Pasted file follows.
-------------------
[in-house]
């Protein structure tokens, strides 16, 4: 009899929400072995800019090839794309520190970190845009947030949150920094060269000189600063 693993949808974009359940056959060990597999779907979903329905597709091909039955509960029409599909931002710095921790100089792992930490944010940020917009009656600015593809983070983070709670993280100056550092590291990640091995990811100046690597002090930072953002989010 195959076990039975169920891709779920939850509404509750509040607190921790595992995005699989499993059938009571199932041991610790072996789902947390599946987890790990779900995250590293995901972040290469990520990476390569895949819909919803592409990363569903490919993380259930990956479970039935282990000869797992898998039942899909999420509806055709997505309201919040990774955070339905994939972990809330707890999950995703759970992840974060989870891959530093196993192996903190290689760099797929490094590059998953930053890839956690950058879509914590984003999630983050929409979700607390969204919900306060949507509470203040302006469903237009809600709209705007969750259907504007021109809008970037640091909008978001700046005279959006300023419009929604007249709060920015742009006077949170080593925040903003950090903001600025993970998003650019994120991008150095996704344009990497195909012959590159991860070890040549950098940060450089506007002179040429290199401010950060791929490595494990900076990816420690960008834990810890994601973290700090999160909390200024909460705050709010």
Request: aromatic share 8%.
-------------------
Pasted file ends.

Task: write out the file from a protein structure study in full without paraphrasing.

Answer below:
[in-house]
């Protein structure tokens, strides 16, 4: 009899929400072995800019090839794309520190970190845009947030949150920094060269000189600063 693993949808974009359940056959060990597999779907979903329905597709091909039955509960029409599909931002710095921790100089792992930490944010940020917009009656600015593809983070983070709670993280100056550092590291990640091995990811100046690597002090930072953002989010 195959076990039975169920891709779920939850509404509750509040607190921790595992995005699989499993059938009571199932041991610790072996789902947390599946987890790990779900995250590293995901972040290469990520990476390569895949819909919803592409990363569903490919993380259930990956479970039935282990000869797992898998039942899909999420509806055709997505309201919040990774955070339905994939972990809330707890999950995703759970992840974060989870891959530093196993192996903190290689760099797929490094590059998953930053890839956690950058879509914590984003999630983050929409979700607390969204919900306060949507509470203040302006469903237009809600709209705007969750259907504007021109809008970037640091909008978001700046005279959006300023419009929604007249709060920015742009006077949170080593925040903003950090903001600025993970998003650019994120991008150095996704344009990497195909012959590159991860070890040549950098940060450089506007002179040429290199401010950060791929490595494990900076990816420690960008834990810890994601973290700090999160909390200024909460705050709010």
Request: aromatic share 8%.